University of Miami, JFK Medical Center Palm Beach West Palm Beach, FL, United States
Karolina Dziadkowiec, MD1, Renuka Reddy, MD2, Akiva J. Marcus, MD, PhD1 1University of Miami, JFK Medical Center Palm Beach, West Palm Beach, FL; 2University of Miami, JFK Medical Center Palm Beach, Atlantis, FL
Introduction: Acute Esophageal Necrosis (AEN) is a rare clinical entity with an estimated incidence of ~0.2%. This condition is being diagnosed more frequently due to the widespread availability of endoscopy. AEN typically presents as an upper gastrointestinal bleed with hematemesis or melena, while other associated symptoms include low-grade fever, nausea, dysphagia, chest discomfort and epigastric pain. We present an extreme case of AEN and demonstrate a conservative treatment strategy.
Case Description/Methods: A 53-year-old Caucasian man with a history of alcohol dependence and compensated liver cirrhosis with model for end-stage liver disease (MELD) score of 13 (with recently diagnosed small esophageal varices) presented to the emergency department (ED) after being found unresponsive at his home following intentional acetaminophen overdose.
Laboratory data were remarkable for an acetaminophen level 530 ug/mL, lactic acid 5.20 mmol/L and mildly elevated liver function tests AST 48 u/L, ALT 50 u/L, hemoglobin 11.8 gm/dL, PLT 49 u/L, and WBC 3.6 u/L. Urine drug screen was negative. Bright red blood was noted in the orogastric tube following insertion. The patient was intubated and transferred to the intensive care unit.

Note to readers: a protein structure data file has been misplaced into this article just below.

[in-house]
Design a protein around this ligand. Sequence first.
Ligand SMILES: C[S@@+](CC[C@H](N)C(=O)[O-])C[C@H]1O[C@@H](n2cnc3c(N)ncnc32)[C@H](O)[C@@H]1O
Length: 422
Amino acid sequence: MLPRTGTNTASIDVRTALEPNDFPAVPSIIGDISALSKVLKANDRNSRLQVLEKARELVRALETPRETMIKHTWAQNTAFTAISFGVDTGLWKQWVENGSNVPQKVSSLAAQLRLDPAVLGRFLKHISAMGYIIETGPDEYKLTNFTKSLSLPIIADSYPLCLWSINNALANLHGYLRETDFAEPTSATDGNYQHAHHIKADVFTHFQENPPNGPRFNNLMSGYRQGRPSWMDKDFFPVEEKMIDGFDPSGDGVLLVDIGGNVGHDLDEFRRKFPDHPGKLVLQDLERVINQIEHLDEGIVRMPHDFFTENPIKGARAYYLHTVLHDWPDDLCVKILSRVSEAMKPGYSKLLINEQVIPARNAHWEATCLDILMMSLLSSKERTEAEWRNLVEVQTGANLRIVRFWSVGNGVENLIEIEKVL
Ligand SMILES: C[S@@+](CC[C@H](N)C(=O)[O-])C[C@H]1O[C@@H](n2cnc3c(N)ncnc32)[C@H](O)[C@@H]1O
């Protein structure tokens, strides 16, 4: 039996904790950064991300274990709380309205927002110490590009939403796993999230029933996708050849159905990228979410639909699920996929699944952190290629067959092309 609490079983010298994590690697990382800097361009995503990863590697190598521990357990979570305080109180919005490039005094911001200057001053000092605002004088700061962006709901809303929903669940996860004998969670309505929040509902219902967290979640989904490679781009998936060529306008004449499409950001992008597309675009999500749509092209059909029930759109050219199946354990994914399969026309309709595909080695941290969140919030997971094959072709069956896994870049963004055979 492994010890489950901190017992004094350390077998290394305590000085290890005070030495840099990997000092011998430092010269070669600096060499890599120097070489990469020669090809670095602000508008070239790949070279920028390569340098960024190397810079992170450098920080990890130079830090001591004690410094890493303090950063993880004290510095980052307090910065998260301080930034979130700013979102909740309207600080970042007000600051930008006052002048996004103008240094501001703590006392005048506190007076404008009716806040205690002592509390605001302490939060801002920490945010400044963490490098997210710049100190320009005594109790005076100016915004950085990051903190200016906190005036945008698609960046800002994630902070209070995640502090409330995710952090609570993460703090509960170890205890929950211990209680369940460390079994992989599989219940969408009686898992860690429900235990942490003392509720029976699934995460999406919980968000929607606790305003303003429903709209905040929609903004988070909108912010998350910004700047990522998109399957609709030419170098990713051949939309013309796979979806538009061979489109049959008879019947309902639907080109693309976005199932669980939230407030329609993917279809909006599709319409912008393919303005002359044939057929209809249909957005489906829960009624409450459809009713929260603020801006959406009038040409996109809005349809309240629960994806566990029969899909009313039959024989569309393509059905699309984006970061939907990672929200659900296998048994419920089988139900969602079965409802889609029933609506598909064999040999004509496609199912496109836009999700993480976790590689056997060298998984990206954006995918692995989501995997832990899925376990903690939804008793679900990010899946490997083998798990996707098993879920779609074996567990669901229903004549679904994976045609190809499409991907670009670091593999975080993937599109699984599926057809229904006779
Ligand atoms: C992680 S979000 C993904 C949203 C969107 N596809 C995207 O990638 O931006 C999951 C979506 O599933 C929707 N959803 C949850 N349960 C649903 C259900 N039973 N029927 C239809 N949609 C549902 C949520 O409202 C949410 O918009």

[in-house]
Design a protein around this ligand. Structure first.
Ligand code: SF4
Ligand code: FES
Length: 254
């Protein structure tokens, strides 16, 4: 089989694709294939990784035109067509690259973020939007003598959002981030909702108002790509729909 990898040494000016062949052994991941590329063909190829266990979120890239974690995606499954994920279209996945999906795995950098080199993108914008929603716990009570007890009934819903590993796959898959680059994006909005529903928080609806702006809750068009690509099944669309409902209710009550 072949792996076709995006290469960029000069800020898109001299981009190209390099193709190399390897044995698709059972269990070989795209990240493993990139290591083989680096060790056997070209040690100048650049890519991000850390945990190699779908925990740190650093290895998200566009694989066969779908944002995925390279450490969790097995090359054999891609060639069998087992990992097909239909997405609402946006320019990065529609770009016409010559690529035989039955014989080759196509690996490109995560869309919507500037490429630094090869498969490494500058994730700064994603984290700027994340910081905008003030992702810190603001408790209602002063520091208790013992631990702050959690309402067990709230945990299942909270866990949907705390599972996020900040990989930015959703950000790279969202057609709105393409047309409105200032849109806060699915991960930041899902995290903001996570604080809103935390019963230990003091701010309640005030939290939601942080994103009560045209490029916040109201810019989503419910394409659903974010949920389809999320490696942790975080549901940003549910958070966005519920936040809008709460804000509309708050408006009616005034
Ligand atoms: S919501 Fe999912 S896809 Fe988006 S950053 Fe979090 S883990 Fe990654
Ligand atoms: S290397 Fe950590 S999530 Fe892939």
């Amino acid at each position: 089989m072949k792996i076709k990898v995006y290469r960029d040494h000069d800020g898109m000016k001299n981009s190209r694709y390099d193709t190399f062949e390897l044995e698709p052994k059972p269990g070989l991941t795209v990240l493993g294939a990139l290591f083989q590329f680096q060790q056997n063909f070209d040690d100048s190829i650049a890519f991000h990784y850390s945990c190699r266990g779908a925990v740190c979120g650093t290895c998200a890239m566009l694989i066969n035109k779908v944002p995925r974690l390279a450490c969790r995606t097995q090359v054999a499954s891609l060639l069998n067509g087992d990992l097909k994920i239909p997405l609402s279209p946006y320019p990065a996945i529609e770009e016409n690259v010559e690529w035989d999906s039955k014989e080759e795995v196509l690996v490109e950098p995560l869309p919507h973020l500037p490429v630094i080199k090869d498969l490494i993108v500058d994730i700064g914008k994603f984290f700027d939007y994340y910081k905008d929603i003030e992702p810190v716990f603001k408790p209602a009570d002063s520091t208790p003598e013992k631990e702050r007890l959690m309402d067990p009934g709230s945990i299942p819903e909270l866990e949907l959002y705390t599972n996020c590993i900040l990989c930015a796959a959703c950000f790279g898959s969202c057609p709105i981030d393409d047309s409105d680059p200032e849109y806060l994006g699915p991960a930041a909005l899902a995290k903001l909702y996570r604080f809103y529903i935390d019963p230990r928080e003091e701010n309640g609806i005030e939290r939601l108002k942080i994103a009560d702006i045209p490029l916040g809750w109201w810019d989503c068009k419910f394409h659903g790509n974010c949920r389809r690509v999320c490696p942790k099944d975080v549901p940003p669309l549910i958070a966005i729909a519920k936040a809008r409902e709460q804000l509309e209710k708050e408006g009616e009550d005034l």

Esophagogastroduodenoscopy (EGD) revealed severe esophagitis with diffuse circumferential necrosis and black sloughing mucosa in the mid- and distal esophagus (Figure 1). No esophageal or gastric varices were appreciated. Given these findings, the patient was diagnosed with AEN and was treated conservatively with oral omeprazole twice daily following extubation and clear liquid diet. recommended to follow-up in the outpatient setting for repeat EGD in four to six weeks.
Discussion: Our patient developed direct mucosal injury from the ingestion of a large amount of acetaminophen which resulted in hemodynamic instability with shock and reduced perfusion to the region of the esophagus- leading to overt mucosal necrosis. The etiology of esophageal necrosis is diverse, including shock, gastric outlet obstruction, hypoxemia, diabetic ketoacidosis, infectious, medications, trauma and impaired mucosal defenses. The mainstays of treatment have been nil-per-os (NPO), intravenous (IV) hydration, IV PPI, and short-term parenteral nutrition. Surgical intervention is typically reserved for cases of esophageal perforation. Our case demonstrates that conservative therapy is the primary modality to treat the vast majority of patients with AEN.
Figure: Figure 1. Acute esophageal necrosis due to Acetaminophen ingestion.
Disclosures: Karolina Dziadkowiec indicated no relevant financial relationships. Renuka Reddy indicated no relevant financial relationships. Akiva Marcus indicated no relevant financial relationships.
Karolina Dziadkowiec, MD1, Renuka Reddy, MD2, Akiva J. Marcus, MD, PhD1. P2441 - Acute Esophageal Necrosis Following Acetaminophen Overdose: An Unreported Cause of Black Esophagus, ACG 2021 Annual Scientific Meeting Abstracts. Las Vegas, Nevada: American College of Gastroenterology.